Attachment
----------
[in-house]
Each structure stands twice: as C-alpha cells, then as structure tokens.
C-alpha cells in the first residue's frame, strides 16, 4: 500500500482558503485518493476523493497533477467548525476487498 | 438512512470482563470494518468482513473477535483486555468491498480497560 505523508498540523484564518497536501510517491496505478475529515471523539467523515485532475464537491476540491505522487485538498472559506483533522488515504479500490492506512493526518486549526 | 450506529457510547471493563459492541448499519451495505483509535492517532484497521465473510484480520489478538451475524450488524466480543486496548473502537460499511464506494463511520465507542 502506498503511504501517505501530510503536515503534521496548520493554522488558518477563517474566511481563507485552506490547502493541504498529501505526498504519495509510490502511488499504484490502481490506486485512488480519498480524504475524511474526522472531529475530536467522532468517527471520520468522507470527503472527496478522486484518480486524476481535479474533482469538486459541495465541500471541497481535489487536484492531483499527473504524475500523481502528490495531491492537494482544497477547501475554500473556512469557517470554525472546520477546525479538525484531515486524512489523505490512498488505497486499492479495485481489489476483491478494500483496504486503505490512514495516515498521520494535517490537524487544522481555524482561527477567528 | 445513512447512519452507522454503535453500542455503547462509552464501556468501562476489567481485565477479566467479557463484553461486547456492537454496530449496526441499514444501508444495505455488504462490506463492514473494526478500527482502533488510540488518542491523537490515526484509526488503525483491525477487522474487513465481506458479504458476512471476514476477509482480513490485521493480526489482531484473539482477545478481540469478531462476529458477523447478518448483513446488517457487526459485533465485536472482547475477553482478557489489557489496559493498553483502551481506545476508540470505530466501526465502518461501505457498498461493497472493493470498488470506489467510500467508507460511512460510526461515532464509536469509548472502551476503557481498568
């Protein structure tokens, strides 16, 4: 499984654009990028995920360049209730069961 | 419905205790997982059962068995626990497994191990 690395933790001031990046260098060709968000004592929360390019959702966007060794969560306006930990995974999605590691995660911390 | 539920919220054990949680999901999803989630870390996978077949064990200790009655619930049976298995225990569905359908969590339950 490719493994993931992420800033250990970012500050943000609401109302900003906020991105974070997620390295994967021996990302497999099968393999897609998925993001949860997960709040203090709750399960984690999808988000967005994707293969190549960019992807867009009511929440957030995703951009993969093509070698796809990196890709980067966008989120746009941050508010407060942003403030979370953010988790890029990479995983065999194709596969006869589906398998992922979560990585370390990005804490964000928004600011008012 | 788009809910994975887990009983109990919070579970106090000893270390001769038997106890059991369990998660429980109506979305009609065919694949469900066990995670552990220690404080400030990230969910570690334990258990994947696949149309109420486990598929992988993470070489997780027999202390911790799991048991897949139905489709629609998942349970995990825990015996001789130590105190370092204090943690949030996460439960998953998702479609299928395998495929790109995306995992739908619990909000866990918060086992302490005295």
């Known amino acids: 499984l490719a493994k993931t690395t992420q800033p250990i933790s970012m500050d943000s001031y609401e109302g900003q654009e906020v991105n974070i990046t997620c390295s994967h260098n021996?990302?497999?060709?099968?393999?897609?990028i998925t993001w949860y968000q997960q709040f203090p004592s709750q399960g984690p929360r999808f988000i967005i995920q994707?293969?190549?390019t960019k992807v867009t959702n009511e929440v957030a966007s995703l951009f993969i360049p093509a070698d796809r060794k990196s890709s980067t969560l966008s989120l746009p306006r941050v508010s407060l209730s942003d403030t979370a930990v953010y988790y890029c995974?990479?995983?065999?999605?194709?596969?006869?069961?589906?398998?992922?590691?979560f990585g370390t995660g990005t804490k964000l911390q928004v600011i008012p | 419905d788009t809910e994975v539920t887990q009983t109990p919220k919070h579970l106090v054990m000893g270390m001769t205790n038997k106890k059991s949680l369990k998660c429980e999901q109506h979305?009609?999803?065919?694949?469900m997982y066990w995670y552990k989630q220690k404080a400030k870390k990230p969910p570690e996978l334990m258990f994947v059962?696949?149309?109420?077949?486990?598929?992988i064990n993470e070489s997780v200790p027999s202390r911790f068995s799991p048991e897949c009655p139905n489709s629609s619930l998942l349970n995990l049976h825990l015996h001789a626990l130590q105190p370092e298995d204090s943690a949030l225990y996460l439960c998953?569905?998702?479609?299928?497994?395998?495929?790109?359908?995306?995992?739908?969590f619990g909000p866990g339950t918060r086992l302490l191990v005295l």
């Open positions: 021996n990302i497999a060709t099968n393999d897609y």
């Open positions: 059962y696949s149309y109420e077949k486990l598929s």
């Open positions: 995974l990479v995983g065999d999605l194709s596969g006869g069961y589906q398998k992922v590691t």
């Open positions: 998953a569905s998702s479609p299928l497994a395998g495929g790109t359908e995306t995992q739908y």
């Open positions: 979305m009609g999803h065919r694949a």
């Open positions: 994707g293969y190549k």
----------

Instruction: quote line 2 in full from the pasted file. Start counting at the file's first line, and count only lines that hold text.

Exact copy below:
Each structure stands twice: as C-alpha cells, then as structure tokens.